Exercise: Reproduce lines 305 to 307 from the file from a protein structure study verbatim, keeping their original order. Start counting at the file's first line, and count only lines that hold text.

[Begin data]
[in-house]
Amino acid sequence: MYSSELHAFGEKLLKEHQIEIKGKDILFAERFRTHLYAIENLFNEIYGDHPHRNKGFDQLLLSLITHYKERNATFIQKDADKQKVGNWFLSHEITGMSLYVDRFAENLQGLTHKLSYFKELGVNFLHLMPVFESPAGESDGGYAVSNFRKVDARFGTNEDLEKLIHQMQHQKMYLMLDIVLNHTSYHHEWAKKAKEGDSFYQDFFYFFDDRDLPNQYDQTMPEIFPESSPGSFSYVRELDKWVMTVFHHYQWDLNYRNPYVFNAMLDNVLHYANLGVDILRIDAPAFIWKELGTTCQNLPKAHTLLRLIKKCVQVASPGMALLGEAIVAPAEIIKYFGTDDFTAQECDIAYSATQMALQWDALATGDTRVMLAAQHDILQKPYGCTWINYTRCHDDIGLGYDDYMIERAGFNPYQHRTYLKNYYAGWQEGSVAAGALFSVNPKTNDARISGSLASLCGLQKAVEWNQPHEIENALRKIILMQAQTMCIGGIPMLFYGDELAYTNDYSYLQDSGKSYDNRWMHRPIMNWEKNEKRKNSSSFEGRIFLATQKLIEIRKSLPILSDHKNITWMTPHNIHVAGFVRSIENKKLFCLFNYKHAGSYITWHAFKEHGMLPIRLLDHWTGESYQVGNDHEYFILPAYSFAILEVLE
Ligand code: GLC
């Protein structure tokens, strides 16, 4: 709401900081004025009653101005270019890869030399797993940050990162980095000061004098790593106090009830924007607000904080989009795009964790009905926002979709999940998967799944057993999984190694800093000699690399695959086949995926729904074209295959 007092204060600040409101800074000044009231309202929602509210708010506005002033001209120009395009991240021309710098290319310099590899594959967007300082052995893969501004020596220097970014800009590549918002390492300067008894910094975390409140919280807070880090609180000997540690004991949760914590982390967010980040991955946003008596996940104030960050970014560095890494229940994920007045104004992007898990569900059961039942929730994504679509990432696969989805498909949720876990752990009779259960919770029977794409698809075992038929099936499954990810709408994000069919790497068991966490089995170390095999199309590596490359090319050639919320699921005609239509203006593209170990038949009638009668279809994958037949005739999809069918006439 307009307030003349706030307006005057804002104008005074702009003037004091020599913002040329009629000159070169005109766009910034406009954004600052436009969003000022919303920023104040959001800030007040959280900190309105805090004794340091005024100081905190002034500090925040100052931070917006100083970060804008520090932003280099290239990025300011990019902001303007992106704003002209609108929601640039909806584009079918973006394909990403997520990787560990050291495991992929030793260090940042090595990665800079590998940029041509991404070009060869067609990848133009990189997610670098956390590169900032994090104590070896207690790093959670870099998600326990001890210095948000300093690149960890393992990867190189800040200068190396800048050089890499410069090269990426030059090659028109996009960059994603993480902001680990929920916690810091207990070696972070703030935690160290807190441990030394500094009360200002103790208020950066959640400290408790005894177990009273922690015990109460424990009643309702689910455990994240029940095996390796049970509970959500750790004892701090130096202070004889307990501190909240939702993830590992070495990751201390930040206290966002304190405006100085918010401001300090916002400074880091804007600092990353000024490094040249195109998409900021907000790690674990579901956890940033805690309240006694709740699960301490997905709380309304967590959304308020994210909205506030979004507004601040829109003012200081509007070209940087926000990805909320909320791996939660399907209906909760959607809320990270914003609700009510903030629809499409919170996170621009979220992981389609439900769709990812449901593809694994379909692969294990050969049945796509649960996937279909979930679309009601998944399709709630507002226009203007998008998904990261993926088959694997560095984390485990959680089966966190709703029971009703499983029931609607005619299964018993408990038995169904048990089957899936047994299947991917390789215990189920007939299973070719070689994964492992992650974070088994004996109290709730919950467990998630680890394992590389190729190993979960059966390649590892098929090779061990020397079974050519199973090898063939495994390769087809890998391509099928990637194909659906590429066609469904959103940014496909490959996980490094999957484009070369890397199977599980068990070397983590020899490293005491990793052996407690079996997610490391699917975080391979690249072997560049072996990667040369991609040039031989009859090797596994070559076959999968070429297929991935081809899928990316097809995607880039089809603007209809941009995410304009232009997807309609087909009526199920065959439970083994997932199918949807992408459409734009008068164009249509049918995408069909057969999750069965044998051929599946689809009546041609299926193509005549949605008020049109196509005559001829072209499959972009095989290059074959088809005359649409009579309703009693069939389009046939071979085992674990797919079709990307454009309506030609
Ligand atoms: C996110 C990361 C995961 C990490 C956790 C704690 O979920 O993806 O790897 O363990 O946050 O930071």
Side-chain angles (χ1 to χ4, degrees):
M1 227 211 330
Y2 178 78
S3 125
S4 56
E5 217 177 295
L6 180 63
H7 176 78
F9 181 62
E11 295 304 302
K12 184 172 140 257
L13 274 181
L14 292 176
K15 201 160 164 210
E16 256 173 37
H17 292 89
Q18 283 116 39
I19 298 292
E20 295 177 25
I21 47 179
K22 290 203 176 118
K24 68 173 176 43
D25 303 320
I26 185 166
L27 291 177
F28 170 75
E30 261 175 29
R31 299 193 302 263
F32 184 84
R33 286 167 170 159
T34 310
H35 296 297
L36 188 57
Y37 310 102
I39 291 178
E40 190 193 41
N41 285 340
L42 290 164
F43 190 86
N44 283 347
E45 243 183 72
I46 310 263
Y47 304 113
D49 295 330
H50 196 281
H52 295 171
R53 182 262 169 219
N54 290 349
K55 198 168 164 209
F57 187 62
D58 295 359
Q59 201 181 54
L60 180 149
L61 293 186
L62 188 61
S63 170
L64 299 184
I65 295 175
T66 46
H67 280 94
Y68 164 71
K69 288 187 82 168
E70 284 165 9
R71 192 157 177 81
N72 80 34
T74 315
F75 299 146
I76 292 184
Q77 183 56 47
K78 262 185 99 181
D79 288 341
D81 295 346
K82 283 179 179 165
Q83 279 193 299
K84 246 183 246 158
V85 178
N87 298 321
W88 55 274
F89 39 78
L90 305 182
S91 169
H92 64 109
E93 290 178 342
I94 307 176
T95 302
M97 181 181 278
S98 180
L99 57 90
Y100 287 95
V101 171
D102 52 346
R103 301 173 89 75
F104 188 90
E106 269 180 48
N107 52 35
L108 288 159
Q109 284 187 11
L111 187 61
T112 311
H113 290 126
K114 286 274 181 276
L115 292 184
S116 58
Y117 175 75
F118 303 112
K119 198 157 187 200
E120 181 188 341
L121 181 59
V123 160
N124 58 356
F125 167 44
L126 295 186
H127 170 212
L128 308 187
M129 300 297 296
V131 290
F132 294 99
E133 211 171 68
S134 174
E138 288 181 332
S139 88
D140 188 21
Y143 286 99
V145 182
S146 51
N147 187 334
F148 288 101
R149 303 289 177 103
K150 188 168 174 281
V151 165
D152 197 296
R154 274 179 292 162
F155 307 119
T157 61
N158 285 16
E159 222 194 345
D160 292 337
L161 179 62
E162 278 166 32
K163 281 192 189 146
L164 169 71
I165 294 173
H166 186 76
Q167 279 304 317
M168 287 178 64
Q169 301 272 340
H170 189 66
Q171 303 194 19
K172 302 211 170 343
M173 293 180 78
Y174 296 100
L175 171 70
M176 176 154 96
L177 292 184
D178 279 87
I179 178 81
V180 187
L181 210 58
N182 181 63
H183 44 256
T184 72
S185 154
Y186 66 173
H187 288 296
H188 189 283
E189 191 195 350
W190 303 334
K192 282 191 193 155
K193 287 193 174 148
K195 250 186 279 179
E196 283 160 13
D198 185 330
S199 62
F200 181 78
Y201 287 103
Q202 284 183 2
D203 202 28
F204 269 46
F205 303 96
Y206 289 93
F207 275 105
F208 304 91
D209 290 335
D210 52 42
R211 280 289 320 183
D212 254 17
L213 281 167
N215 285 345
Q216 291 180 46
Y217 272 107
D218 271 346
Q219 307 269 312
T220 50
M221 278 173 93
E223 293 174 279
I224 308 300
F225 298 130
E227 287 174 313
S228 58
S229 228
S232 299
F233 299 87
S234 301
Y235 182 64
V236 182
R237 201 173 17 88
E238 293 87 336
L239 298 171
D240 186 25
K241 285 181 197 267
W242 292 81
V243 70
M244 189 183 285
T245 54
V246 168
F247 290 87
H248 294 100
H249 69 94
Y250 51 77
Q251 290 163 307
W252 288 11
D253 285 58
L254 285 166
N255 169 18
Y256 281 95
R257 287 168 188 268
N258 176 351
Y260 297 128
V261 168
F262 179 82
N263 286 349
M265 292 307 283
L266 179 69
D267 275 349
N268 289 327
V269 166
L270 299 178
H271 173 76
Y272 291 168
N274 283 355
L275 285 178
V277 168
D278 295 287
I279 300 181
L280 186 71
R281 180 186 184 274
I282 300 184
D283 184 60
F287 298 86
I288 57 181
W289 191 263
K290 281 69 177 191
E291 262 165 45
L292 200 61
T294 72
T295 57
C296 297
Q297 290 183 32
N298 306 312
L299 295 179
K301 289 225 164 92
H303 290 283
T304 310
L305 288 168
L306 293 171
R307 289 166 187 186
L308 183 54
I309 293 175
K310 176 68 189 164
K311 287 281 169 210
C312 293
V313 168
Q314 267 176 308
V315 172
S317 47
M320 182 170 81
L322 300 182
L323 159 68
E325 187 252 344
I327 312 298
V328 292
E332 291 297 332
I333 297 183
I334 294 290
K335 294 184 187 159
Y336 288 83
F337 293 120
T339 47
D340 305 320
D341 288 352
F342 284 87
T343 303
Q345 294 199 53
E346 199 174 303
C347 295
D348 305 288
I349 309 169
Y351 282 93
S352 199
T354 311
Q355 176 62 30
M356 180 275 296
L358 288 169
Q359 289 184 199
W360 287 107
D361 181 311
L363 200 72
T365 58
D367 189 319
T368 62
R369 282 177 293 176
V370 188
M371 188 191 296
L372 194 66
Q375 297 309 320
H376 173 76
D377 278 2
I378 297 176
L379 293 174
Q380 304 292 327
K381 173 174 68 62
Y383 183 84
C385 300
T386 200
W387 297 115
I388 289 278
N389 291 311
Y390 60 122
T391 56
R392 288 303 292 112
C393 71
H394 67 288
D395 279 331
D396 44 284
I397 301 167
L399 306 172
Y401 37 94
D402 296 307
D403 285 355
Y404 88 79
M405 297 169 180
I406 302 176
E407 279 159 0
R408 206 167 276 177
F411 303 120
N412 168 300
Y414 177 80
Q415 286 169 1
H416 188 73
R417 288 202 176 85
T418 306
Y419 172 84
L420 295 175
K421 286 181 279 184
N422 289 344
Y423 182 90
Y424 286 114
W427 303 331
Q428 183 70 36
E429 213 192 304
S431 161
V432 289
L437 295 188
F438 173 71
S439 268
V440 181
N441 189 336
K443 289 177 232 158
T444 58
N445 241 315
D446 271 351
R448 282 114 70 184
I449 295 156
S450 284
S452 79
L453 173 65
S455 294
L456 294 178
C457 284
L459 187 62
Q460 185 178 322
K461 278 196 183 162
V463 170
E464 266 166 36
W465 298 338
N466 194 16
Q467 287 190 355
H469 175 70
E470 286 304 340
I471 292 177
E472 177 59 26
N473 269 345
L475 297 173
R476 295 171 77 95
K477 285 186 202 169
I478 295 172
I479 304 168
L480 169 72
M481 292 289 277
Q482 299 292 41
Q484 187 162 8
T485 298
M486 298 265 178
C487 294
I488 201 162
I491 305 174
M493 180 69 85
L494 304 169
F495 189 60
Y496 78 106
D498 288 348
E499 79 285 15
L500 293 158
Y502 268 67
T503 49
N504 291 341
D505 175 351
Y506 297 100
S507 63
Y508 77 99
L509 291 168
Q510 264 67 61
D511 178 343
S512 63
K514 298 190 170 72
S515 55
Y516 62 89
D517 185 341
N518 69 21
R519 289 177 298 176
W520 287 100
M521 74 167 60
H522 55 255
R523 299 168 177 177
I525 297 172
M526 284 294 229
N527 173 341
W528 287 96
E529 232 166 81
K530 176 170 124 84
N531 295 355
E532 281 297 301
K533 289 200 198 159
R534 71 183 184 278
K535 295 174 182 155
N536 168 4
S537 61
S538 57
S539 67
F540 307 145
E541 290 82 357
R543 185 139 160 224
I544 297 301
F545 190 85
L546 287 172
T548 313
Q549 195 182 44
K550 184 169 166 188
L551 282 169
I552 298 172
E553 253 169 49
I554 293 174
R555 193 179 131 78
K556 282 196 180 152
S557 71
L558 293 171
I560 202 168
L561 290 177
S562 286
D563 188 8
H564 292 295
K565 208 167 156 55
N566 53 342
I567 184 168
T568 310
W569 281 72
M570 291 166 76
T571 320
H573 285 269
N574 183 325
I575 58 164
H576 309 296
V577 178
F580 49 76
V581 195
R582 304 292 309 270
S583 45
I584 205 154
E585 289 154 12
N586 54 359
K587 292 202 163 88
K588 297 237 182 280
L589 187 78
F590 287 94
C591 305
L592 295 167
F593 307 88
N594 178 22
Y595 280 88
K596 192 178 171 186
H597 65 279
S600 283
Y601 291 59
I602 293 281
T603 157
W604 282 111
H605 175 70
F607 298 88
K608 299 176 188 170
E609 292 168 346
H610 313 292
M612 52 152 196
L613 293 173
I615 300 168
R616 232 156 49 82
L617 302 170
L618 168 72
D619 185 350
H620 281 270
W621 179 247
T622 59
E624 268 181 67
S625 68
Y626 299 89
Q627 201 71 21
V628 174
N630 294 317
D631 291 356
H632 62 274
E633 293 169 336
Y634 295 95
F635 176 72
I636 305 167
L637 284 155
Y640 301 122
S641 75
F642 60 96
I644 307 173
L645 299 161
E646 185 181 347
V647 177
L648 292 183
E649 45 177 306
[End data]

T354 311
Q355 176 62 30
M356 180 275 296